In a rare sighting, oceanographers in Spain captured footage of fin whale with a severely bent spine struggling to swim off the Mediterranean coast.
The Spanish aquarium Oceanografic Valencia shared video of the whale on social media and said the animal was spotted on March 4 by a beach in Cullera, near Valencia. A team of biologists and veterinarians from the aquarium were called to view the whale after a boat captain reported that the creature was trapped in a fishing net.
When the aquarium’s team arrived at the site, they quickly realized the 40-tonne, 17-metre-long male fin whale was not stuck at all, rather it had “scoliosis of unknown origin.”
The extreme scoliosis is believed to have likely been caused by blunt force trauma from a vessel strike. Biologists observed the whale’s obvious swimming difficulties and determined it would probably die of starvation as a direct result.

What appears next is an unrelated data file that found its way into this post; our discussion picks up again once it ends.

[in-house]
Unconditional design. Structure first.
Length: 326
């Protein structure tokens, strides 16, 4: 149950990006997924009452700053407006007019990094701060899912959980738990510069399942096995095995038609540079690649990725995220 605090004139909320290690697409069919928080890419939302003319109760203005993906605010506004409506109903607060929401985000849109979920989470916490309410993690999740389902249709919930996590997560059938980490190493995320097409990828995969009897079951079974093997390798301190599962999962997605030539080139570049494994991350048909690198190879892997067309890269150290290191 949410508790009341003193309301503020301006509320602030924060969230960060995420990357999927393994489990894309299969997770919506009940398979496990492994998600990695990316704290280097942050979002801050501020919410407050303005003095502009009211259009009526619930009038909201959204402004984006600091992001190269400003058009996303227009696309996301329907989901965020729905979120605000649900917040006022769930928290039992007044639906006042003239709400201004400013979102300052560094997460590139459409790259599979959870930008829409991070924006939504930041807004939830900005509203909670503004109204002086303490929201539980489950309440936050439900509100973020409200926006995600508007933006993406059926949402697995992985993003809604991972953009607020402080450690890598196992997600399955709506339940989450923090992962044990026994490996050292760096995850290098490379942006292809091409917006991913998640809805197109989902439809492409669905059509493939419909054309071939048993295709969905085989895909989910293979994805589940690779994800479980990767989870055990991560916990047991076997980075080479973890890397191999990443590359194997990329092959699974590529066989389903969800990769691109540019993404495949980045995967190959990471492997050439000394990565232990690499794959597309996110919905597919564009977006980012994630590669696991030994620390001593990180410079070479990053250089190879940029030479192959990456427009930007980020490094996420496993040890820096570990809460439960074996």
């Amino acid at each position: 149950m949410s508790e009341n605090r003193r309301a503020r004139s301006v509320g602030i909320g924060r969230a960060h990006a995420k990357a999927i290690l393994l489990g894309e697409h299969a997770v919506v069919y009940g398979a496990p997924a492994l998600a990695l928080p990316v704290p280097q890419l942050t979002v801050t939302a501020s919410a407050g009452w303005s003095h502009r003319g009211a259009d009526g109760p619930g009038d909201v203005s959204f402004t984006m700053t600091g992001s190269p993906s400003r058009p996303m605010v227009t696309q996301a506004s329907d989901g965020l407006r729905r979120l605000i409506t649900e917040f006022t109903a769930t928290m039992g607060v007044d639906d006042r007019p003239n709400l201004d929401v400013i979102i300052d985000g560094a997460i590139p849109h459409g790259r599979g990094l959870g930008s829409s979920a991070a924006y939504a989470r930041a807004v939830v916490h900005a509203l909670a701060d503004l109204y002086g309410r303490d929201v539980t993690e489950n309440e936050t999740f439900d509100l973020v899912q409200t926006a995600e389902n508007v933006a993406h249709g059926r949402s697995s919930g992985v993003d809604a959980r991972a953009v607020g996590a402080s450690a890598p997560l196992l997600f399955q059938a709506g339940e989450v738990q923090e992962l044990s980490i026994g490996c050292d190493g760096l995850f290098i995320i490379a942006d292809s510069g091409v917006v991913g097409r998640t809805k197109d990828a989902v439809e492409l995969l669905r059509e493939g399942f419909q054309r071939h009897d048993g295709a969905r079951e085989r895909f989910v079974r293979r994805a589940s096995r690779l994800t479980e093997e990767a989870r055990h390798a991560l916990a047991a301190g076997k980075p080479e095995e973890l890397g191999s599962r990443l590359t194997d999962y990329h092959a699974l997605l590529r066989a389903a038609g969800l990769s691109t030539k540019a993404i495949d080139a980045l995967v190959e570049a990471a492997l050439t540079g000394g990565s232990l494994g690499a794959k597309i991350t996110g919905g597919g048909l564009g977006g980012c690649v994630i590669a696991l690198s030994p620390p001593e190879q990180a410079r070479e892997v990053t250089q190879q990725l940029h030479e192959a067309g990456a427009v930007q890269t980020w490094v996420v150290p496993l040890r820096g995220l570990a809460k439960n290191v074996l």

The aquarium’s team attempted to attach a tracking device to the fin whale but were unable to because of its overly curved spine.
After a few hours, the whale reportedly swam into deeper waters and disappeared.
According to Live Science, it’s possible for large whales to be born with or develop scoliosis at a young age. Most whales with the condition “almost never live to adulthood.” To feed, fin whales, among other species, must use their tails, called flukes, to swim in a forward direction through shoals of krill. A whale with scoliosis cannot do this effectively.
It is not clear how many whales die from vessel strikes every year, as counts rely on direct reports and discoveries of deceased whales either floating at sea or washed up on shore. However, as demand for cargo shipments and cruise boat traffic has increased over the last few decades, vessel strikes have become an increasing concern.
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